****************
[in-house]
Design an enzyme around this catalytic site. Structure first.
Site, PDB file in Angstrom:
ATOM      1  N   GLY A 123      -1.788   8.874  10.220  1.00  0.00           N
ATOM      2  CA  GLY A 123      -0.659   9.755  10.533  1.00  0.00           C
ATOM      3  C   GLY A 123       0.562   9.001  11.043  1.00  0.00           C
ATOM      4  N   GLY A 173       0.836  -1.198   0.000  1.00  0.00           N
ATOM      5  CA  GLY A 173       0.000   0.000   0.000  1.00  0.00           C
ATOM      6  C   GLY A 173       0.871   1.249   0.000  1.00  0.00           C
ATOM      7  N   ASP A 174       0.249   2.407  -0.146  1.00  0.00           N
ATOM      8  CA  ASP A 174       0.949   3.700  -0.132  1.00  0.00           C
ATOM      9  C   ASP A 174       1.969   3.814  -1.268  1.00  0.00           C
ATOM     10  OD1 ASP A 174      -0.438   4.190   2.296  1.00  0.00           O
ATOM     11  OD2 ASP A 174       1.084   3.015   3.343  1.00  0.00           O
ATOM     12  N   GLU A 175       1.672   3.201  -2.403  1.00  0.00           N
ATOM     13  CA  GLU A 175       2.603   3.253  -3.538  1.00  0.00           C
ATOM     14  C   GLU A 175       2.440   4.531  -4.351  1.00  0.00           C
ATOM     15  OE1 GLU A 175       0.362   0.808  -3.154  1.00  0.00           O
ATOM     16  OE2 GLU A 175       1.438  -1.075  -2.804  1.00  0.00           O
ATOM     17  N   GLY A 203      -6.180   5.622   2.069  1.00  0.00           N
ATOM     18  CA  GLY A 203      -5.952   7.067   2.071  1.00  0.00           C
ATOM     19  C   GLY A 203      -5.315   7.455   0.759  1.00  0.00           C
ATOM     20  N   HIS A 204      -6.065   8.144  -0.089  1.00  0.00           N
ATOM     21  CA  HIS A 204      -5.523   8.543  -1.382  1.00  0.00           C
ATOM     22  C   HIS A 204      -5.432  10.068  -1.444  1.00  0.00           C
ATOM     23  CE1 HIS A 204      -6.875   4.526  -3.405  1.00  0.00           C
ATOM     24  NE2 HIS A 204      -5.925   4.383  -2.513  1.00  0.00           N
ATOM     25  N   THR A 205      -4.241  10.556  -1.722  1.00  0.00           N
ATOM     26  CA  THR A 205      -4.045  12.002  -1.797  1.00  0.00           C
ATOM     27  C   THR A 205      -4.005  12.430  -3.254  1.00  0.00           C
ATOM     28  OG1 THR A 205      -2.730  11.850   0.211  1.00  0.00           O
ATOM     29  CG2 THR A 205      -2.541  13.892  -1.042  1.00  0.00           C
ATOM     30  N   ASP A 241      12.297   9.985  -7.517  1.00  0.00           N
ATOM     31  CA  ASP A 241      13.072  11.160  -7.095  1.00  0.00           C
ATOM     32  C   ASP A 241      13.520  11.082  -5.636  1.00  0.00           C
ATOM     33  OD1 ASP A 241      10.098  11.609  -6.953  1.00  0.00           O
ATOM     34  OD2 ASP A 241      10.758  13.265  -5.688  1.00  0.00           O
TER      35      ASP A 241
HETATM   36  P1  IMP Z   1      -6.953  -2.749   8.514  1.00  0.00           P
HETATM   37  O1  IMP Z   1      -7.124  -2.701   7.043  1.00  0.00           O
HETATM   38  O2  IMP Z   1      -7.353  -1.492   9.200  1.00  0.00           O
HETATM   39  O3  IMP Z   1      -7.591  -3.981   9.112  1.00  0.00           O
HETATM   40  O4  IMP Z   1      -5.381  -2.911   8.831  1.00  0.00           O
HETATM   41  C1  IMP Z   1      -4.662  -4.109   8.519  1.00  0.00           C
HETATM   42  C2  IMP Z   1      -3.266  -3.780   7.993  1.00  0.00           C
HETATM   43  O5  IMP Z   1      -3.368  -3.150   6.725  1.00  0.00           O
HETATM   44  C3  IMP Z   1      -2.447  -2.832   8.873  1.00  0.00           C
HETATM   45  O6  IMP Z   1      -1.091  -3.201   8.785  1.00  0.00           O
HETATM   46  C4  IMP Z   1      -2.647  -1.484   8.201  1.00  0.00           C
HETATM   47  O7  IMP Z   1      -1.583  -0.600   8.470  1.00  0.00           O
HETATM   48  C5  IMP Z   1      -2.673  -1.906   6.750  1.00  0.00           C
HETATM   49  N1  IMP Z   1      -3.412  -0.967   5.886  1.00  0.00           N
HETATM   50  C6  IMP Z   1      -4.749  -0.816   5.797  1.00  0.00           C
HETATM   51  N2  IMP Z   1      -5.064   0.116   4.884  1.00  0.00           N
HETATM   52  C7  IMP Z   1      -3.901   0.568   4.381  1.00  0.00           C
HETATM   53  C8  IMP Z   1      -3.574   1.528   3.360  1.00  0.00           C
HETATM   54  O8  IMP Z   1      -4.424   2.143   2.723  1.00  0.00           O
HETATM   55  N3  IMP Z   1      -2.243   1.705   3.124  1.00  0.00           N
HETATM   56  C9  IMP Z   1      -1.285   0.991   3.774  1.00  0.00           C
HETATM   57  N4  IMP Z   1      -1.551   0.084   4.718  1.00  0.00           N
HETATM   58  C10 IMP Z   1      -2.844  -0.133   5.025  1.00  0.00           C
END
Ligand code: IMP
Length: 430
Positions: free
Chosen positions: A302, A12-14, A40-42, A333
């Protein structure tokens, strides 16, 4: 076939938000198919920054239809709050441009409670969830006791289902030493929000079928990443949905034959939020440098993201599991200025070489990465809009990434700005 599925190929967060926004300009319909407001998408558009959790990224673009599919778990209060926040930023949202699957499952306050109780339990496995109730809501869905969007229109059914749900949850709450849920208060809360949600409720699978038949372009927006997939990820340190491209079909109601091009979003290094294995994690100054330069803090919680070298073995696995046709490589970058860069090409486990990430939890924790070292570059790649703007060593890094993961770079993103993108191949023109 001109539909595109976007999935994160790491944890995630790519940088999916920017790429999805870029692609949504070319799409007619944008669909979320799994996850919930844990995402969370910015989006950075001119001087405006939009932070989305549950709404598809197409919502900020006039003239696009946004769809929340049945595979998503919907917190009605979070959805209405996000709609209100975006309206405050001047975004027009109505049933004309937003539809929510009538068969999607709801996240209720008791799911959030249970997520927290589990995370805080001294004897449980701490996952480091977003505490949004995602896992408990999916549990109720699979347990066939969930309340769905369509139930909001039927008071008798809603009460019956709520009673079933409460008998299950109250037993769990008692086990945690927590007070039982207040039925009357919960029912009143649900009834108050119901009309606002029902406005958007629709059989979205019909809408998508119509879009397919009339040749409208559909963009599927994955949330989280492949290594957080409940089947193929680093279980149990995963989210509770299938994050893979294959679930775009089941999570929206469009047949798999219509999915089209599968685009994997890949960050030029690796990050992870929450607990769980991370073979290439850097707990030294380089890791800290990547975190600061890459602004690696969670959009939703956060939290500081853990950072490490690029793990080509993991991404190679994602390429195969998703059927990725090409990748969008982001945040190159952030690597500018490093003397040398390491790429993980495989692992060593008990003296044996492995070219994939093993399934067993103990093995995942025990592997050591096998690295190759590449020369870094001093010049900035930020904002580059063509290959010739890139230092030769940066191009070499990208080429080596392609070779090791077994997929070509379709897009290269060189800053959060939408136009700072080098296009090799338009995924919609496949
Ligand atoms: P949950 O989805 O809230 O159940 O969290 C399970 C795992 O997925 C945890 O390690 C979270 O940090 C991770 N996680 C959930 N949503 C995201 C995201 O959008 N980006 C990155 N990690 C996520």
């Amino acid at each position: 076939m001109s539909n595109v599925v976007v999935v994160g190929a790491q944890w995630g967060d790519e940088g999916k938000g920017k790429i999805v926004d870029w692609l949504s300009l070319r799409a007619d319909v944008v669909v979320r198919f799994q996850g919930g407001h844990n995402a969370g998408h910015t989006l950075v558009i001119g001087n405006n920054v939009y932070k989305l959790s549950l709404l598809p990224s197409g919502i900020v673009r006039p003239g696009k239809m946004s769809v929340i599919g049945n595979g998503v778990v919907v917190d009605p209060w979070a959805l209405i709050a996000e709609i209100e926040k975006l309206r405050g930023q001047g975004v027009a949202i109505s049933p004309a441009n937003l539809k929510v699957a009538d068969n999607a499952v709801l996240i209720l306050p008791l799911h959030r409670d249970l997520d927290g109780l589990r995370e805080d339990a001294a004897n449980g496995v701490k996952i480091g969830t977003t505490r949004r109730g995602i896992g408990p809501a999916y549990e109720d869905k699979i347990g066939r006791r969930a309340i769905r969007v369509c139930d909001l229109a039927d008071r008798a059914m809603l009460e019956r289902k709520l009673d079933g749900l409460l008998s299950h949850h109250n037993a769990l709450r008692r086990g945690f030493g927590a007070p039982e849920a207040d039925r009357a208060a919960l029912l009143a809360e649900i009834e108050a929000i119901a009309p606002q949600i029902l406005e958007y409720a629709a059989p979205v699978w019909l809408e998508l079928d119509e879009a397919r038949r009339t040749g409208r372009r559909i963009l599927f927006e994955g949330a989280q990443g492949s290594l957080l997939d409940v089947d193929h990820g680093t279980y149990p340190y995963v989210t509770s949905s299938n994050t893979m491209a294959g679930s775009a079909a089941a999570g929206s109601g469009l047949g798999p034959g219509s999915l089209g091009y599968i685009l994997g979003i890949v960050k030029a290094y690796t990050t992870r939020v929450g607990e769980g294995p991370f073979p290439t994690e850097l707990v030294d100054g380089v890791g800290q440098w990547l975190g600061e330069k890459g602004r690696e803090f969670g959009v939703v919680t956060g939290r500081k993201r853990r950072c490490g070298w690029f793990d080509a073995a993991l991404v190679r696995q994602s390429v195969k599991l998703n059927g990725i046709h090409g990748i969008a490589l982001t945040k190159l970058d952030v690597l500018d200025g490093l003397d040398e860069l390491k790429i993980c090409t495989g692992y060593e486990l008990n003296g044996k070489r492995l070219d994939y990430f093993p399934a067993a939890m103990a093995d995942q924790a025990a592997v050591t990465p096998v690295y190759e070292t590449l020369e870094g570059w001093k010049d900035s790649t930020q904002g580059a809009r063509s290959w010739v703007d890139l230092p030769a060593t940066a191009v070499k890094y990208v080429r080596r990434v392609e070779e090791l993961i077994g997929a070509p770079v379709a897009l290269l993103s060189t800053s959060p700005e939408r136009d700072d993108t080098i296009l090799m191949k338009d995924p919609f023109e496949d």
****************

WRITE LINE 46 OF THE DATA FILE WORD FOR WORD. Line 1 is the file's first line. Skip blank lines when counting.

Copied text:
HETATM   43  O5  IMP Z   1      -3.368  -3.150   6.725  1.00  0.00           O